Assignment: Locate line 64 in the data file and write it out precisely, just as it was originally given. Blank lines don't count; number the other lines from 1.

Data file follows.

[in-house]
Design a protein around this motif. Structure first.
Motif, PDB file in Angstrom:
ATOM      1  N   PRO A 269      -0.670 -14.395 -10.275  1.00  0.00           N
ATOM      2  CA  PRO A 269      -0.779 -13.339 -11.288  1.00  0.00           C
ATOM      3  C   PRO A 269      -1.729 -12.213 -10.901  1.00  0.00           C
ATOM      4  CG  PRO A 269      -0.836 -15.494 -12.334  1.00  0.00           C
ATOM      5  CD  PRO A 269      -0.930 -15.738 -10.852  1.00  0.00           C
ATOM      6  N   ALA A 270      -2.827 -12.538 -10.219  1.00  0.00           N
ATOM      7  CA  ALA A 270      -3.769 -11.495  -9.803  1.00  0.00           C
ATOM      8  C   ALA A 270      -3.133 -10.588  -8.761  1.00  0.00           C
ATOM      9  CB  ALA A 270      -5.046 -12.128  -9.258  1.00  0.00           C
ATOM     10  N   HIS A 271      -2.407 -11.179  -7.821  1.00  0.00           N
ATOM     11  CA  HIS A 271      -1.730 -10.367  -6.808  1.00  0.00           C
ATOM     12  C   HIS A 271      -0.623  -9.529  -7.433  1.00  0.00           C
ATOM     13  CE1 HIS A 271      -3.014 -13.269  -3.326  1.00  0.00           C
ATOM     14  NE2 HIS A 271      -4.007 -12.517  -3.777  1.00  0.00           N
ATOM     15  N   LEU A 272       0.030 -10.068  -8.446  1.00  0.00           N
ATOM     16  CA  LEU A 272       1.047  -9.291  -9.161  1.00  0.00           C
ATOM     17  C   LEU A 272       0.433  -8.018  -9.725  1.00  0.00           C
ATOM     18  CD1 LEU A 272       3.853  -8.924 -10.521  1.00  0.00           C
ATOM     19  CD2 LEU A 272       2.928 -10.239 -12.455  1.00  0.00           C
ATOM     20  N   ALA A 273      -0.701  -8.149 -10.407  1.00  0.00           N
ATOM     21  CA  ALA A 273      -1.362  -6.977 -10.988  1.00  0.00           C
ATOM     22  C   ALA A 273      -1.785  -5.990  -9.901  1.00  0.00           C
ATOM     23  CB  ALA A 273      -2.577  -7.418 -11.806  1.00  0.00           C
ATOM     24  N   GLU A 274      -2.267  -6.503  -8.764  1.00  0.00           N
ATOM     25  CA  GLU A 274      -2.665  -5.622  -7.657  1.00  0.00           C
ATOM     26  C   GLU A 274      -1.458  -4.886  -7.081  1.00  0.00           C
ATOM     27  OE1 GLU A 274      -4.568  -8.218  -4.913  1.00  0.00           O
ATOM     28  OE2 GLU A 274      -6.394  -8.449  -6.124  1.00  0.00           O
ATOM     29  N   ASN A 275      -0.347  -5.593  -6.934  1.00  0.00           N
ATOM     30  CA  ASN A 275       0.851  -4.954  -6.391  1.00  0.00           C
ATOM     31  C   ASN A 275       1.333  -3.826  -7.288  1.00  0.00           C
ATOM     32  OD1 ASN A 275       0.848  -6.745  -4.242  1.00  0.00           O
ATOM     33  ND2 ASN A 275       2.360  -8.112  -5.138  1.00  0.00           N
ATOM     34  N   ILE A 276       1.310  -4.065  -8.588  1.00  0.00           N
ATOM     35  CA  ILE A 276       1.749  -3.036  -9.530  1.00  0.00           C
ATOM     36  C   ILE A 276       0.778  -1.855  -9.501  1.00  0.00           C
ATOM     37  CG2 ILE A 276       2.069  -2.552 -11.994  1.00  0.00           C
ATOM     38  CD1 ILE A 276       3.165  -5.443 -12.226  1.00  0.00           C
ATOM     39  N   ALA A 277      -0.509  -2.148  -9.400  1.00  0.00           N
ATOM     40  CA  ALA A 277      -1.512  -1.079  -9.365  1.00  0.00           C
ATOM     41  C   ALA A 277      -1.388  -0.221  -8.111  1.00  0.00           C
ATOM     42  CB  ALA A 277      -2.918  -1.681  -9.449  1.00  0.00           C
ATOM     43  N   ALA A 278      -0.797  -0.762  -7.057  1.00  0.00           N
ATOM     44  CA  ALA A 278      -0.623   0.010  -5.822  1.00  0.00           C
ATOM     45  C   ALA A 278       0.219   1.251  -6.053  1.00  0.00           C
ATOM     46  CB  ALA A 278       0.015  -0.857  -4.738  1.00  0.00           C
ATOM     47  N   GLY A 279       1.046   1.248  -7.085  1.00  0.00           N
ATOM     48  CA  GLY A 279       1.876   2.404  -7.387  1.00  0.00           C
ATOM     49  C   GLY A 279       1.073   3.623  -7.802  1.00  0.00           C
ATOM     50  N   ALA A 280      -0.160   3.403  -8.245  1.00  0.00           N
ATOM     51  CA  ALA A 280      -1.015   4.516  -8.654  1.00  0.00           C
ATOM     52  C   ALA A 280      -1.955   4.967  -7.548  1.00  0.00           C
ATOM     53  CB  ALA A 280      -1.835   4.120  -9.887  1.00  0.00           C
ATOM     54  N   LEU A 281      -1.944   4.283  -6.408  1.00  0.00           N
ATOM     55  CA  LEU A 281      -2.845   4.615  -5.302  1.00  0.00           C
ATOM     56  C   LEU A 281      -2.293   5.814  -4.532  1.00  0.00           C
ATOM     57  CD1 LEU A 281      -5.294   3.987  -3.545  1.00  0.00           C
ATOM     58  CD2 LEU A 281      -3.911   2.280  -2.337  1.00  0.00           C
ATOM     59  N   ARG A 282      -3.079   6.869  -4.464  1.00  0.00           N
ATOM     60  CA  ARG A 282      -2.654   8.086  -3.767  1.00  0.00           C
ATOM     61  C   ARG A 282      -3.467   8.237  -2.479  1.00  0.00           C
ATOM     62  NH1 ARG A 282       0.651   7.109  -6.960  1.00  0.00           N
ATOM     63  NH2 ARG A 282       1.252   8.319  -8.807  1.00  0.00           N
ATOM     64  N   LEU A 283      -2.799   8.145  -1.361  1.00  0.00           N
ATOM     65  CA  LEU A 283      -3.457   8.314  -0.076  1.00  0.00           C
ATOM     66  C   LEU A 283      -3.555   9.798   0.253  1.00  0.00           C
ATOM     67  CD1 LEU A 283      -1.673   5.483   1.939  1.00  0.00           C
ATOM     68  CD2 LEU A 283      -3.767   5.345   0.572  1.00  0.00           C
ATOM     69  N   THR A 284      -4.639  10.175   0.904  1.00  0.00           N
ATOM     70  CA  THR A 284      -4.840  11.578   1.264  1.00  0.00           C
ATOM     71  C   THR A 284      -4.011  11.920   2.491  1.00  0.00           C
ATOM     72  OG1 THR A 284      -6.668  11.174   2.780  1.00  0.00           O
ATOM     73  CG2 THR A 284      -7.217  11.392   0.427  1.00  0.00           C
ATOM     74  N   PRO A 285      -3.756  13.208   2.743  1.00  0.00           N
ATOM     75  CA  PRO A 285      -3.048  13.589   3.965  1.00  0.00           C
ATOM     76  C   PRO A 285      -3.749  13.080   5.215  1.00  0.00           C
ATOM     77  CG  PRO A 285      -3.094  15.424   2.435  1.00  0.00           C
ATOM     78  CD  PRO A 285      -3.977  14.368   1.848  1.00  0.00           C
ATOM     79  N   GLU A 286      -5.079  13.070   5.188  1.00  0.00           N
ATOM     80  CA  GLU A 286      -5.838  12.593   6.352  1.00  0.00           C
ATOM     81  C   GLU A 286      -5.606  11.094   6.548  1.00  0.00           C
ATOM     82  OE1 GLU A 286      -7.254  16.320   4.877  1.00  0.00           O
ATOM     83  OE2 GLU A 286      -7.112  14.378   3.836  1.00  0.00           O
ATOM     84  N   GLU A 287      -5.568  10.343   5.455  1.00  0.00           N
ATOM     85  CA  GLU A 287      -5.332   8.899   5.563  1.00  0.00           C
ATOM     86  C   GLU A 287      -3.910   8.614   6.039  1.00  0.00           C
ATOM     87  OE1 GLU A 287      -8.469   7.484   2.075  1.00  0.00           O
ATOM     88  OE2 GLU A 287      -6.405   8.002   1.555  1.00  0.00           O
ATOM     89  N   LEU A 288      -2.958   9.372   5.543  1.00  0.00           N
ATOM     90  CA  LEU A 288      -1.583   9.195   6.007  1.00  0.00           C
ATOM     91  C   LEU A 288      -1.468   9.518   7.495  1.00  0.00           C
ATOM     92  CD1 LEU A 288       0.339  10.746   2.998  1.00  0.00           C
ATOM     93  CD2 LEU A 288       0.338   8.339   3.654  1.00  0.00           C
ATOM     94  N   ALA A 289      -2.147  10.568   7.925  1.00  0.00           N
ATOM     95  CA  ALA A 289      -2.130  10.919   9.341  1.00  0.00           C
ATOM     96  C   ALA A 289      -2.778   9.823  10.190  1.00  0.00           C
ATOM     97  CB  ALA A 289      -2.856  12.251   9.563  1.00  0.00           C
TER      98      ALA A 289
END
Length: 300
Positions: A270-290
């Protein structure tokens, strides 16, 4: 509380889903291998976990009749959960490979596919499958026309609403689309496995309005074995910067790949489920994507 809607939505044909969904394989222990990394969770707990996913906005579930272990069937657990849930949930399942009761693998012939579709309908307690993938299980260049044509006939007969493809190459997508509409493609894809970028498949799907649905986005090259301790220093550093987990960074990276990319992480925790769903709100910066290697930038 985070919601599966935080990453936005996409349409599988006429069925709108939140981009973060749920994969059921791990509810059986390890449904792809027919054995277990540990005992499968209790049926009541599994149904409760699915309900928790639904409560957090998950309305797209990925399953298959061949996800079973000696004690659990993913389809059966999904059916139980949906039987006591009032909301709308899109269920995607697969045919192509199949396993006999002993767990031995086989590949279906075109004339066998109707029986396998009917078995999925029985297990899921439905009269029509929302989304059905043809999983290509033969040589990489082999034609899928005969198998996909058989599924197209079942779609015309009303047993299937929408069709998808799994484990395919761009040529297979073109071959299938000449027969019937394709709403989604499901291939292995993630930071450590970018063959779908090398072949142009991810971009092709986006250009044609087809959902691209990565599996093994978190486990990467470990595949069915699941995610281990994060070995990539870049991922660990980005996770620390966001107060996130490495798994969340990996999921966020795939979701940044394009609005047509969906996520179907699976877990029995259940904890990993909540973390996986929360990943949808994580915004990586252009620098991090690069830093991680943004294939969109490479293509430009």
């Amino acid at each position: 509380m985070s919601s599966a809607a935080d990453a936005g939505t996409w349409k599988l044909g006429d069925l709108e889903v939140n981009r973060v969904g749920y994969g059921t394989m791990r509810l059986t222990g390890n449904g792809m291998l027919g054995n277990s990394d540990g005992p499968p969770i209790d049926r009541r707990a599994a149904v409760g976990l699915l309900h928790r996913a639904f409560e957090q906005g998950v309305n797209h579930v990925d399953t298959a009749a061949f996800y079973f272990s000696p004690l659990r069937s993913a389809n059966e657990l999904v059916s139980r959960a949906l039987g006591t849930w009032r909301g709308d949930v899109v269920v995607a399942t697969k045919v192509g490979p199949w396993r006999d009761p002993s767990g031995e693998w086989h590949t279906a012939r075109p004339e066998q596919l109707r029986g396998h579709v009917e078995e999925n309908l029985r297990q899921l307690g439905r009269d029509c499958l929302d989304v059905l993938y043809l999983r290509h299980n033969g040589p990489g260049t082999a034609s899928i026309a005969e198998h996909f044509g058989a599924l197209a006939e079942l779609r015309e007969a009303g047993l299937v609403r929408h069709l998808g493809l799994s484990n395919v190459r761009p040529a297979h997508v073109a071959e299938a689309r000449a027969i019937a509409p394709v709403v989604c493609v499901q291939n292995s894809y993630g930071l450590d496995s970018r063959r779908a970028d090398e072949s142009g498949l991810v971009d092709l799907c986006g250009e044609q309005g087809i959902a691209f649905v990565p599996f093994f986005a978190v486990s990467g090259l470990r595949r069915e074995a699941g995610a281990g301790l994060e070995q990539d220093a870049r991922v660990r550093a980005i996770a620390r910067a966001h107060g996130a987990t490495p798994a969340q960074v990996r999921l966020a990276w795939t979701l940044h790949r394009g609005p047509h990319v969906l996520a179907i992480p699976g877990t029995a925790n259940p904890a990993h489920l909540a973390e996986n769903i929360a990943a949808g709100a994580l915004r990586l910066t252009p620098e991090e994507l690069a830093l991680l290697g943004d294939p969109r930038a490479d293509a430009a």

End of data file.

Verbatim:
ATOM     61  C   ARG A 282      -3.467   8.237  -2.479  1.00  0.00           C